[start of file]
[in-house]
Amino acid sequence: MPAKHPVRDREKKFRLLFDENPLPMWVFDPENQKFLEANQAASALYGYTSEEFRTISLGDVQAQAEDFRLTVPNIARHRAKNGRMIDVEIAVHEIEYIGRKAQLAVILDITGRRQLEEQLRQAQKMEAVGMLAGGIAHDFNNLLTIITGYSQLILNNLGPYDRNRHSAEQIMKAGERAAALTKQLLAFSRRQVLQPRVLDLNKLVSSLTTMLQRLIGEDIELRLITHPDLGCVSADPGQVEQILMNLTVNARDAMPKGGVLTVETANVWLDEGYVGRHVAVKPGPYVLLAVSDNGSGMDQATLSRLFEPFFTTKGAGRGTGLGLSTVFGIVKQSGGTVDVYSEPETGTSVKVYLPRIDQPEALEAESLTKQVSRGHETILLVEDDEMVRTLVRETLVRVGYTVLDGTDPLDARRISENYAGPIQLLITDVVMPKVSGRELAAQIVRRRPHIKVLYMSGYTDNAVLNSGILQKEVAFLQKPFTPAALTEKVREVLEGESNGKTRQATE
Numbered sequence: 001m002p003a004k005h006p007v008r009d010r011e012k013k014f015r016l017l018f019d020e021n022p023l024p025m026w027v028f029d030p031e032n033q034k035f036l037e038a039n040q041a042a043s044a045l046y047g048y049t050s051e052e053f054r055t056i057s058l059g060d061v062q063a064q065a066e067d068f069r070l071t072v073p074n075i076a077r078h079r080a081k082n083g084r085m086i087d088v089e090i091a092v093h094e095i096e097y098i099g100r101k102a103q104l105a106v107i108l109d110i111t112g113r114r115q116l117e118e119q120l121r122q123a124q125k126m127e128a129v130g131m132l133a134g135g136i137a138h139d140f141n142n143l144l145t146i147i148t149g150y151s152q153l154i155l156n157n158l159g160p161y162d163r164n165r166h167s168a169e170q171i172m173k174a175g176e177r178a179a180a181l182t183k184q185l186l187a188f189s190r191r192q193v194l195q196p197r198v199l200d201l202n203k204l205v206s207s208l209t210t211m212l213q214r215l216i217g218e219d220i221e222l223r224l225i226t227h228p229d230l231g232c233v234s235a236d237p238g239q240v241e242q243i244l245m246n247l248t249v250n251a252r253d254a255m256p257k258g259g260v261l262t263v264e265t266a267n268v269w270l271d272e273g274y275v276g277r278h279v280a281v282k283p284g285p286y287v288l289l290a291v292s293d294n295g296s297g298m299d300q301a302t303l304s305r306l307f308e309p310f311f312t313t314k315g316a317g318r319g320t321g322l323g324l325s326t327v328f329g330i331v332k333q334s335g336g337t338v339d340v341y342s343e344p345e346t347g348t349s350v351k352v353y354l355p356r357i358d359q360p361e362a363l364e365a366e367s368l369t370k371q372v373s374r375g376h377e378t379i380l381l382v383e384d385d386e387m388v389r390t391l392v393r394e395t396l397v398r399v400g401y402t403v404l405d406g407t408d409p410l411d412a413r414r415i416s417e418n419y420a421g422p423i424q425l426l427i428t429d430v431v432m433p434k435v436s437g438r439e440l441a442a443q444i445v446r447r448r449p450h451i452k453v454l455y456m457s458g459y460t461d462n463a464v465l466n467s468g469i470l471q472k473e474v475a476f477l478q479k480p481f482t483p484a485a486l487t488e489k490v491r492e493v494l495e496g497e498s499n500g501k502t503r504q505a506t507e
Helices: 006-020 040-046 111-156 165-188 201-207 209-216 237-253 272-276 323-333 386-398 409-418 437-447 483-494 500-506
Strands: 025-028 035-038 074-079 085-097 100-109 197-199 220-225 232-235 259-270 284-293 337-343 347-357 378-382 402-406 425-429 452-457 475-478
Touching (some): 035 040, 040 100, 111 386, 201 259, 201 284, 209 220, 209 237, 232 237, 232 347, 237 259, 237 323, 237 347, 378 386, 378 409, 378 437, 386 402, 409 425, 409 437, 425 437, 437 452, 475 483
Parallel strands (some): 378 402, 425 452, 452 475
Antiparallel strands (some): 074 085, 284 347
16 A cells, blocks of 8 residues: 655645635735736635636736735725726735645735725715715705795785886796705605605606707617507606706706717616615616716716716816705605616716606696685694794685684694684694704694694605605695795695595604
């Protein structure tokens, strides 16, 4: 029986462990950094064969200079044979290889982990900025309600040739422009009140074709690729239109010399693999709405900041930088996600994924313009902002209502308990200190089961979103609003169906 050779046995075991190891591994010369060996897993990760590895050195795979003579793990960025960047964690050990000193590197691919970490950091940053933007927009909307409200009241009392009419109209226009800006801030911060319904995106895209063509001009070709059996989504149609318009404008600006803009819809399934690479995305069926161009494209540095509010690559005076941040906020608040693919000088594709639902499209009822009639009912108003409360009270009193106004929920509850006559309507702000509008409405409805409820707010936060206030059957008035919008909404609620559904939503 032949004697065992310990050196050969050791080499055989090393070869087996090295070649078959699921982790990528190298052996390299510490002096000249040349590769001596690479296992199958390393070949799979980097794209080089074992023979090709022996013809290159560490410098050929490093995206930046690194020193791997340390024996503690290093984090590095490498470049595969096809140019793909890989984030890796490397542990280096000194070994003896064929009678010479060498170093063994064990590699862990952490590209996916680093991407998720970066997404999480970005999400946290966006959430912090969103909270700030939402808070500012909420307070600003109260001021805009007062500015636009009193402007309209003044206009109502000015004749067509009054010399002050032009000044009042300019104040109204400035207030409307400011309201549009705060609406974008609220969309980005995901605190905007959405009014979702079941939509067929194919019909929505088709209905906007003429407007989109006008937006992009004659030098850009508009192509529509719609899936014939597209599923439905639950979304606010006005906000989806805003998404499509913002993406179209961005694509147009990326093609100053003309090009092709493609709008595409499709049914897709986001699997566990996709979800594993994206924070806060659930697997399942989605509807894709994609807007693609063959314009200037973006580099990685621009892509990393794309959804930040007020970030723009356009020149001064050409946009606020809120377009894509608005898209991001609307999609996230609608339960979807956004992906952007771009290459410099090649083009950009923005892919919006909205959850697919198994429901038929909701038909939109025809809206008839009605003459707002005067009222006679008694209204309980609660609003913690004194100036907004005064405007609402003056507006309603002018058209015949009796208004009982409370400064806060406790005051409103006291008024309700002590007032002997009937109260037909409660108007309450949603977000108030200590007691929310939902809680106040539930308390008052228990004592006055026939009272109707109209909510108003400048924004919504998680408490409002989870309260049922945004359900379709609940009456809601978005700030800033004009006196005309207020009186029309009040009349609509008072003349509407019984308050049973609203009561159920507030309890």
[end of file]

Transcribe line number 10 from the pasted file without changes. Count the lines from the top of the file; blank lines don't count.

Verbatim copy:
């Protein structure tokens, strides 16, 4: 029986462990950094064969200079044979290889982990900025309600040739422009009140074709690729239109010399693999709405900041930088996600994924313009902002209502308990200190089961979103609003169906 050779046995075991190891591994010369060996897993990760590895050195795979003579793990960025960047964690050990000193590197691919970490950091940053933007927009909307409200009241009392009419109209226009800006801030911060319904995106895209063509001009070709059996989504149609318009404008600006803009819809399934690479995305069926161009494209540095509010690559005076941040906020608040693919000088594709639902499209009822009639009912108003409360009270009193106004929920509850006559309507702000509008409405409805409820707010936060206030059957008035919008909404609620559904939503 032949004697065992310990050196050969050791080499055989090393070869087996090295070649078959699921982790990528190298052996390299510490002096000249040349590769001596690479296992199958390393070949799979980097794209080089074992023979090709022996013809290159560490410098050929490093995206930046690194020193791997340390024996503690290093984090590095490498470049595969096809140019793909890989984030890796490397542990280096000194070994003896064929009678010479060498170093063994064990590699862990952490590209996916680093991407998720970066997404999480970005999400946290966006959430912090969103909270700030939402808070500012909420307070600003109260001021805009007062500015636009009193402007309209003044206009109502000015004749067509009054010399002050032009000044009042300019104040109204400035207030409307400011309201549009705060609406974008609220969309980005995901605190905007959405009014979702079941939509067929194919019909929505088709209905906007003429407007989109006008937006992009004659030098850009508009192509529509719609899936014939597209599923439905639950979304606010006005906000989806805003998404499509913002993406179209961005694509147009990326093609100053003309090009092709493609709008595409499709049914897709986001699997566990996709979800594993994206924070806060659930697997399942989605509807894709994609807007693609063959314009200037973006580099990685621009892509990393794309959804930040007020970030723009356009020149001064050409946009606020809120377009894509608005898209991001609307999609996230609608339960979807956004992906952007771009290459410099090649083009950009923005892919919006909205959850697919198994429901038929909701038909939109025809809206008839009605003459707002005067009222006679008694209204309980609660609003913690004194100036907004005064405007609402003056507006309603002018058209015949009796208004009982409370400064806060406790005051409103006291008024309700002590007032002997009937109260037909409660108007309450949603977000108030200590007691929310939902809680106040539930308390008052228990004592006055026939009272109707109209909510108003400048924004919504998680408490409002989870309260049922945004359900379709609940009456809601978005700030800033004009006196005309207020009186029309009040009349609509008072003349509407019984308050049973609203009561159920507030309890």